Is Your Fintech Marketing Strategy Missing Important Pieces?

FinTech continues to see explosive expansion, with a large portion of that growth sprouting from the B2B fintech sector. Payments platforms and SaaS-based back-office tools continue to lead the growth in B2B fintech. In looking at the fintech market overall, the US crushed a fintech funding record in 2019, achieving $ 59.8 billion in investment (compared to $ 58 billion the year prior). Some of the biggest points of consolidation include the Fiserv acquisition of First Data, the Deutsche Boerse acquisition of Axioma, and the Prudential acquisition of Assurance IQ.

As this growth and consolidation continue — especially within B2B fintech — many organizations are looking to strengthen their marketing strategy. While there seems to be much ado about challengers vs incumbents and fintechs vs banks, it would appear that many B2B fintechs actually offer complimentary offerings to traditional financial institutions. This is a boon for various B2B fintech business models that can leverage synergy to remain scalable.

What’s really of interest is the marketing challenges that B2B fintechs face, many of which are unique to the industry. Customer acquisition, in particular, can be a difficult objective for B2B fintech marketing departments to achieve. Here’s why:

  • Buyer education is paramount; B2B buyers don’t know what they don’t know. Educating these buyers on what problem your solution solves is mandatory
  • B2B fintech startups that haven’t established brand recognition may struggle to gain a foothold in the market
  • B2B buyers are wary and often slow to adopt an unfamiliar or unpredictable product/solution

Not acknowledging these challenges can lead to holes in your B2B fintech marketing strategy. That said, these customer acquisition challenges can be addressed by looking at the buying process as well as who is doing the buying. We’ll discuss some potential missing pieces in your B2B fintech marketing strategy and how to close the gap.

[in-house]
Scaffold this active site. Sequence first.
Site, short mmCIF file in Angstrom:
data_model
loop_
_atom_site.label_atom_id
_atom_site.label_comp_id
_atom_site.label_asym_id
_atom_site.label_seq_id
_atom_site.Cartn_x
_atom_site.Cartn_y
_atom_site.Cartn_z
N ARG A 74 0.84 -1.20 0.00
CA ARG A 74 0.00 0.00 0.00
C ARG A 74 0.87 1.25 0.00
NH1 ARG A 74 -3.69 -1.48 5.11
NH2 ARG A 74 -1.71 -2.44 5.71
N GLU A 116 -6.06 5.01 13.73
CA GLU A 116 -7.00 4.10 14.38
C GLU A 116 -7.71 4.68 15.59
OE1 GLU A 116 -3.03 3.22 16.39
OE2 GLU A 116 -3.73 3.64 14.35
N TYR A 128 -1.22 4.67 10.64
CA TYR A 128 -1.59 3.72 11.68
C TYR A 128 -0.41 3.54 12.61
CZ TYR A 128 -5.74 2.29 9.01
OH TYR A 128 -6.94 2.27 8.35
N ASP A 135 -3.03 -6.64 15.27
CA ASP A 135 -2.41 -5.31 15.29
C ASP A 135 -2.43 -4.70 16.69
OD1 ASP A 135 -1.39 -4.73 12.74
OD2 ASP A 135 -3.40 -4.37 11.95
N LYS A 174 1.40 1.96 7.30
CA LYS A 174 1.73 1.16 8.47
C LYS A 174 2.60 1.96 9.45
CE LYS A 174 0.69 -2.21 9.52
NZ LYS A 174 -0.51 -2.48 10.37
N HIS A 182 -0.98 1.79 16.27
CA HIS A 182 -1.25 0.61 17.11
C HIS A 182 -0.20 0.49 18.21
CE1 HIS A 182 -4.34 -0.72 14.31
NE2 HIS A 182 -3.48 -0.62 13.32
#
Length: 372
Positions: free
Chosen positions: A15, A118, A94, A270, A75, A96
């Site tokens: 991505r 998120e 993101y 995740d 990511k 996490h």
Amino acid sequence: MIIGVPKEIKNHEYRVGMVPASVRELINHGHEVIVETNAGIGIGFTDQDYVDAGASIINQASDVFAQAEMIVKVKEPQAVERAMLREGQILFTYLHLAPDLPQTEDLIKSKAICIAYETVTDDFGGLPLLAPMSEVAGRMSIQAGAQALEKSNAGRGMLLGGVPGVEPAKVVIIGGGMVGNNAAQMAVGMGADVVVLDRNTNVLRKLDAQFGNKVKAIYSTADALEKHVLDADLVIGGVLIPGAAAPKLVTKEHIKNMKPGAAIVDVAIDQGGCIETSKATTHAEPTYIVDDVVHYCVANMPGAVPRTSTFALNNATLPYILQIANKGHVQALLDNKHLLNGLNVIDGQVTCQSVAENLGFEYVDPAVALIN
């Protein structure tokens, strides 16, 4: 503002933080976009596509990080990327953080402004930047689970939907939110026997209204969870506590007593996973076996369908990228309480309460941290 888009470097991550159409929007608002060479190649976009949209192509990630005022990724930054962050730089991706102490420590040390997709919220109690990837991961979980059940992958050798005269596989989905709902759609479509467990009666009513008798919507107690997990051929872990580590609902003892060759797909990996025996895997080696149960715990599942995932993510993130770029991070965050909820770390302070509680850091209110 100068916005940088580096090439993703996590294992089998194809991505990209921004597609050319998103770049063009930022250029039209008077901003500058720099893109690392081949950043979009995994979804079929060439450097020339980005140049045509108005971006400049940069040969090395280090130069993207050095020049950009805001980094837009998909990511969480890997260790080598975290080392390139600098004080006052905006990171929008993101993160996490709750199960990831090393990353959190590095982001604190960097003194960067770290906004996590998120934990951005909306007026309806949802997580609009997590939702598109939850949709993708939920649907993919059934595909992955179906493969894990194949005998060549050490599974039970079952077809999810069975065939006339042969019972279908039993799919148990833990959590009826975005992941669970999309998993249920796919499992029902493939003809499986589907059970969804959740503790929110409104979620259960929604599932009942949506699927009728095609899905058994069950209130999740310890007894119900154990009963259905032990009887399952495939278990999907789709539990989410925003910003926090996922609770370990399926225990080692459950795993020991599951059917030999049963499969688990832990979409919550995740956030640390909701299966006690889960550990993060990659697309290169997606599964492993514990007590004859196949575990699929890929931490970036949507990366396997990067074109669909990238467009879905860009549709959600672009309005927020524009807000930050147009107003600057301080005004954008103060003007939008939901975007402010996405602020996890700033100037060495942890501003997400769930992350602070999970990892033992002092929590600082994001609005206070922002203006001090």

Not Identifying the Correct Decision-Maker(s)

Know this: companies in search of fintech solutions rarely purchase via one decision-maker. One CCgroup’s report, How To Influence FinTech Buyers, notes that more than half (52%) of respondents said that IT decisions involved at least 10 people. Influencing decision-makers means properly identifying who that group entails, which can often be a disparate group of people.

B2B fintechs looking to sell to a larger institution may often need to communicate with various members of the C-suite in addition to leads within marketing, compliance, security, IT, and payments. That means messaging will need to appeal to this diverse crowd and aim to impress/allay fears of each audience member.

B2B fintech marketing teams need to demonstrate value to each member of the decision-making group, including both technical and non-technical roles. This starts with clear identification and persona-building around all key stakeholders involved in the purchase process.

Not Understanding How Buyers are Influenced

The CCgroup report also identified key factors that influence the purchasing process. The question the survey specifically asked was: what sources and channels of influence most valued by decision-makers? The responses were then ranked in order of importance. The top sources of influence included: